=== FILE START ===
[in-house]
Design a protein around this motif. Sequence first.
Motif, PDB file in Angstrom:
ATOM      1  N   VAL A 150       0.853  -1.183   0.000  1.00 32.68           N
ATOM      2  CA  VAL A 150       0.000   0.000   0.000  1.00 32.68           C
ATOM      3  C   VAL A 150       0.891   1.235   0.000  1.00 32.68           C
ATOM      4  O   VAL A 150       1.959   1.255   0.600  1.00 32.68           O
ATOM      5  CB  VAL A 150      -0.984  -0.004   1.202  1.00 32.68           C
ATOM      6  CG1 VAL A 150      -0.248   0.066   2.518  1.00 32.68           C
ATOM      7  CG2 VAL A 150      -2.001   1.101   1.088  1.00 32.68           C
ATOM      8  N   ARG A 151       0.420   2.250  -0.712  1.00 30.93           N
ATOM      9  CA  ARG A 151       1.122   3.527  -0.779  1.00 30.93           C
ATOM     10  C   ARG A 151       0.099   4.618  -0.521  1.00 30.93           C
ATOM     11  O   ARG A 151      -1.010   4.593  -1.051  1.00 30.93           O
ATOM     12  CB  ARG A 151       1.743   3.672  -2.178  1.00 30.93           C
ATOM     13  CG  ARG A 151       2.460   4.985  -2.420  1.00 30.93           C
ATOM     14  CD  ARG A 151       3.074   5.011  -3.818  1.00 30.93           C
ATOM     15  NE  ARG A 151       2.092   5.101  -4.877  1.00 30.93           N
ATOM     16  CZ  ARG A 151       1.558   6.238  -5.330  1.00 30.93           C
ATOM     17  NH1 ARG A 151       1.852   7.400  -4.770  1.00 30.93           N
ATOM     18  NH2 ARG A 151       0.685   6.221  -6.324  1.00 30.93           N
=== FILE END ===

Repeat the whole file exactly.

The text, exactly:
[in-house]
Design a protein around this motif. Sequence first.
Motif, PDB file in Angstrom:
ATOM      1  N   VAL A 150       0.853  -1.183   0.000  1.00 32.68           N
ATOM      2  CA  VAL A 150       0.000   0.000   0.000  1.00 32.68           C
ATOM      3  C   VAL A 150       0.891   1.235   0.000  1.00 32.68           C
ATOM      4  O   VAL A 150       1.959   1.255   0.600  1.00 32.68           O
ATOM      5  CB  VAL A 150      -0.984  -0.004   1.202  1.00 32.68           C
ATOM      6  CG1 VAL A 150      -0.248   0.066   2.518  1.00 32.68           C
ATOM      7  CG2 VAL A 150      -2.001   1.101   1.088  1.00 32.68           C
ATOM      8  N   ARG A 151       0.420   2.250  -0.712  1.00 30.93           N
ATOM      9  CA  ARG A 151       1.122   3.527  -0.779  1.00 30.93           C
ATOM     10  C   ARG A 151       0.099   4.618  -0.521  1.00 30.93           C
ATOM     11  O   ARG A 151      -1.010   4.593  -1.051  1.00 30.93           O
ATOM     12  CB  ARG A 151       1.743   3.672  -2.178  1.00 30.93           C
ATOM     13  CG  ARG A 151       2.460   4.985  -2.420  1.00 30.93           C
ATOM     14  CD  ARG A 151       3.074   5.011  -3.818  1.00 30.93           C
ATOM     15  NE  ARG A 151       2.092   5.101  -4.877  1.00 30.93           N
ATOM     16  CZ  ARG A 151       1.558   6.238  -5.330  1.00 30.93           C
ATOM     17  NH1 ARG A 151       1.852   7.400  -4.770  1.00 30.93           N
ATOM     18  NH2 ARG A 151       0.685   6.221  -6.324  1.00 30.93           N